In a provision adopted against one of the main national providers of e-mail services, the Italian Data Protection Authority stated that communications of data breaches to users must not be generic and must provide precise instructions on how they can protect themselves from unlawful use of their data, first of all from identity theft.
In this specific case, the company involved will have to promptly release new notification of the data breach suffered by about one and a half million users regarding the fraudulent access to their e-mail accounts. The new communication must contain a description of the violation and its possible consequences and, in addition, must provide users with precise indications on the steps to take to avoid further risks. So, for example, users should be warned to no stop using compromised credentials and to change stolen passwords if they are also used to access other services.
The decision was taken by the Authority in the context of a procedure started following the data breach notification sent by the company. In its notification, the company stated that on 20th February 2019 a fraudulent access had been detected through a Wifi hotspot with the resulting violation of about one and a half million webmail user credentials. To contain the possible consequences of the data breach, the company had “forced” users to reset their passwords and had set up a special page on their web site to inform of the violation.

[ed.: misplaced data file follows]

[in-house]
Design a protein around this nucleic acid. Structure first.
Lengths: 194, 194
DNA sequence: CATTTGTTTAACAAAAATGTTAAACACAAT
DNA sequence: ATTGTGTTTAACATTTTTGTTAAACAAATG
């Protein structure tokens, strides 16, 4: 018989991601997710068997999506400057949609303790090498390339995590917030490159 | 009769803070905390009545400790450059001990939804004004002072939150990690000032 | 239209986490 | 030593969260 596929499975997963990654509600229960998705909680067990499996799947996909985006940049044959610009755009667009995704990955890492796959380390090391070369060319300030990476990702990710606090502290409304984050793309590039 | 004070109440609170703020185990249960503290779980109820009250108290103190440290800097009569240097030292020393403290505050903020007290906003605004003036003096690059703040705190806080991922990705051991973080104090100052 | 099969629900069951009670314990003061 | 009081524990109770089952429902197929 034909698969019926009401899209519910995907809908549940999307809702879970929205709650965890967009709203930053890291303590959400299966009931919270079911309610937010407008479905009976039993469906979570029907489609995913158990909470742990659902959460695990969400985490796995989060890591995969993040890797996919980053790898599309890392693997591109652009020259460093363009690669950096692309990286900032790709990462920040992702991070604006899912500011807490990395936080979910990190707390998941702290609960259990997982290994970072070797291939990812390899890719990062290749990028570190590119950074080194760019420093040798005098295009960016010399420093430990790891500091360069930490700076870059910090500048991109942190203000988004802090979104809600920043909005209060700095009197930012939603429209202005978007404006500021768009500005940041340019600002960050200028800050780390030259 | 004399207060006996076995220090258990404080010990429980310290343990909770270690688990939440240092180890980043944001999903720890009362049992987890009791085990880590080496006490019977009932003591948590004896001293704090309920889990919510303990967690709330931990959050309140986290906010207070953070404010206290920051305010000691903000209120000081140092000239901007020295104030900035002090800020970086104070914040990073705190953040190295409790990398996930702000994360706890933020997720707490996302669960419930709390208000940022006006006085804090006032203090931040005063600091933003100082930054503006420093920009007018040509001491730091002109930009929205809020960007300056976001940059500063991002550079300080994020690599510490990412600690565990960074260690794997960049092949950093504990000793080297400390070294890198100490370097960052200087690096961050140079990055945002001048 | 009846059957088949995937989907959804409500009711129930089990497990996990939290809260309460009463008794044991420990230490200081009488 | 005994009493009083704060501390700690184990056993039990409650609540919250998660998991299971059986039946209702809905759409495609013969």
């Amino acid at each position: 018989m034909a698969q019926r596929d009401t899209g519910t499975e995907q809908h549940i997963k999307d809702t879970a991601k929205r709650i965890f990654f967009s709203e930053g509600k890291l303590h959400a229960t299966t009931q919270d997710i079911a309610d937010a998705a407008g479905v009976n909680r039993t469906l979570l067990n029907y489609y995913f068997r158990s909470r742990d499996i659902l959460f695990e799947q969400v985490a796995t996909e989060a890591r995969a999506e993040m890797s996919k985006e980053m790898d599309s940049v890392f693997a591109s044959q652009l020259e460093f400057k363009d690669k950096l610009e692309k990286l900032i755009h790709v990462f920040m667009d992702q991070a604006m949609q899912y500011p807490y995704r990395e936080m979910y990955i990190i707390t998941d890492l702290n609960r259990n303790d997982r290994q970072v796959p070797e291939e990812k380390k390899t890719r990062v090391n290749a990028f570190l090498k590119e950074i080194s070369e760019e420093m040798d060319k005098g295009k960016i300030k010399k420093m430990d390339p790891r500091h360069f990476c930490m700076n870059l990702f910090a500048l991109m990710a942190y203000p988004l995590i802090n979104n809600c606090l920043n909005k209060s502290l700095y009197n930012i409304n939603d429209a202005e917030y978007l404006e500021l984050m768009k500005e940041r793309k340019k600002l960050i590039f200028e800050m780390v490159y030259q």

In order to communicate the data breach, the company later sent e-mails to all those affected by the incident, which, however, the Authority considered to be inadequate and not in accordance with the legislation on data protection. In fact, the company had sent two different communications depending on whether or not the user had changed password within 48 hours of notification of the data breach. In both cases the data breach was described as “anomalous activity on the systems” and to those clients who had changed password no further remedial action was suggested by the company, which declared that the change of password had made the previous credentials unusable. On the other hand, to those who had not already done so the company only suggested changing password so as to “eliminate the risk of undesirable access to accounts”. The Authority considered this kind of information insufficient, given the possible and serious risks to which users have been exposed.